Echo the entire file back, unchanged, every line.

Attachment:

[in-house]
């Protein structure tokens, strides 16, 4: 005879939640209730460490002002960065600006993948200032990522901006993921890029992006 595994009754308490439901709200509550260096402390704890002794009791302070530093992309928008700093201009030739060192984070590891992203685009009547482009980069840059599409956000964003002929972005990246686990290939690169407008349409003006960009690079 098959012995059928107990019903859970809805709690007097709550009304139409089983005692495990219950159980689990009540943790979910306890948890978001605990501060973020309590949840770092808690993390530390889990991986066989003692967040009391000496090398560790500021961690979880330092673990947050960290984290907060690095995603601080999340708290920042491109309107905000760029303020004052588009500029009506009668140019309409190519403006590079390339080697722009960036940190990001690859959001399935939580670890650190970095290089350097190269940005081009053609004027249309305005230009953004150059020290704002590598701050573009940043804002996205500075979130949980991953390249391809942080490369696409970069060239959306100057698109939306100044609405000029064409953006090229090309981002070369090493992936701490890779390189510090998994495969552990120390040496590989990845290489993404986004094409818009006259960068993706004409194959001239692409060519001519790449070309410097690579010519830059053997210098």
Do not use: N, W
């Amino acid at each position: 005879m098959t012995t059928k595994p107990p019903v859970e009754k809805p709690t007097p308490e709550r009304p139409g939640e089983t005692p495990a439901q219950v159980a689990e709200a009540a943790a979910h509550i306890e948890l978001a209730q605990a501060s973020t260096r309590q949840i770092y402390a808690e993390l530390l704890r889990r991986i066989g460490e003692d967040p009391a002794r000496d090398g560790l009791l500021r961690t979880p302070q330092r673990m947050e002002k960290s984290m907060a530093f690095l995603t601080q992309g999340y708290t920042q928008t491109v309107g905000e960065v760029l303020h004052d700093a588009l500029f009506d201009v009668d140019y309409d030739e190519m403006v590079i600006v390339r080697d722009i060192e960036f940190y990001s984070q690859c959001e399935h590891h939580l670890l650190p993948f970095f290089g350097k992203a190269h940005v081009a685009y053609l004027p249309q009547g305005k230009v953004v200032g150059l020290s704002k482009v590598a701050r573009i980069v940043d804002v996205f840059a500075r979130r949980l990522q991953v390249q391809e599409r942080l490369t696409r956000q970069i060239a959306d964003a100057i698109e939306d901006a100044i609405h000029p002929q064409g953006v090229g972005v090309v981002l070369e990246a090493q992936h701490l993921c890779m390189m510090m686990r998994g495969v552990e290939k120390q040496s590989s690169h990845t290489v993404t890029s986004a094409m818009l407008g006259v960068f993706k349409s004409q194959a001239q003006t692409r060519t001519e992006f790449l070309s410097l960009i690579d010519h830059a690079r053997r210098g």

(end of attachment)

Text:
[in-house]
């Protein structure tokens, strides 16, 4: 005879939640209730460490002002960065600006993948200032990522901006993921890029992006 595994009754308490439901709200509550260096402390704890002794009791302070530093992309928008700093201009030739060192984070590891992203685009009547482009980069840059599409956000964003002929972005990246686990290939690169407008349409003006960009690079 098959012995059928107990019903859970809805709690007097709550009304139409089983005692495990219950159980689990009540943790979910306890948890978001605990501060973020309590949840770092808690993390530390889990991986066989003692967040009391000496090398560790500021961690979880330092673990947050960290984290907060690095995603601080999340708290920042491109309107905000760029303020004052588009500029009506009668140019309409190519403006590079390339080697722009960036940190990001690859959001399935939580670890650190970095290089350097190269940005081009053609004027249309305005230009953004150059020290704002590598701050573009940043804002996205500075979130949980991953390249391809942080490369696409970069060239959306100057698109939306100044609405000029064409953006090229090309981002070369090493992936701490890779390189510090998994495969552990120390040496590989990845290489993404986004094409818009006259960068993706004409194959001239692409060519001519790449070309410097690579010519830059053997210098």
Do not use: N, W
């Amino acid at each position: 005879m098959t012995t059928k595994p107990p019903v859970e009754k809805p709690t007097p308490e709550r009304p139409g939640e089983t005692p495990a439901q219950v159980a689990e709200a009540a943790a979910h509550i306890e948890l978001a209730q605990a501060s973020t260096r309590q949840i770092y402390a808690e993390l530390l704890r889990r991986i066989g460490e003692d967040p009391a002794r000496d090398g560790l009791l500021r961690t979880p302070q330092r673990m947050e002002k960290s984290m907060a530093f690095l995603t601080q992309g999340y708290t920042q928008t491109v309107g905000e960065v760029l303020h004052d700093a588009l500029f009506d201009v009668d140019y309409d030739e190519m403006v590079i600006v390339r080697d722009i060192e960036f940190y990001s984070q690859c959001e399935h590891h939580l670890l650190p993948f970095f290089g350097k992203a190269h940005v081009a685009y053609l004027p249309q009547g305005k230009v953004v200032g150059l020290s704002k482009v590598a701050r573009i980069v940043d804002v996205f840059a500075r979130r949980l990522q991953v390249q391809e599409r942080l490369t696409r956000q970069i060239a959306d964003a100057i698109e939306d901006a100044i609405h000029p002929q064409g953006v090229g972005v090309v981002l070369e990246a090493q992936h701490l993921c890779m390189m510090m686990r998994g495969v552990e290939k120390q040496s590989s690169h990845t290489v993404t890029s986004a094409m818009l407008g006259v960068f993706k349409s004409q194959a001239q003006t692409r060519t001519e992006f790449l070309s410097l960009i690579d010519h830059a690079r053997r210098g």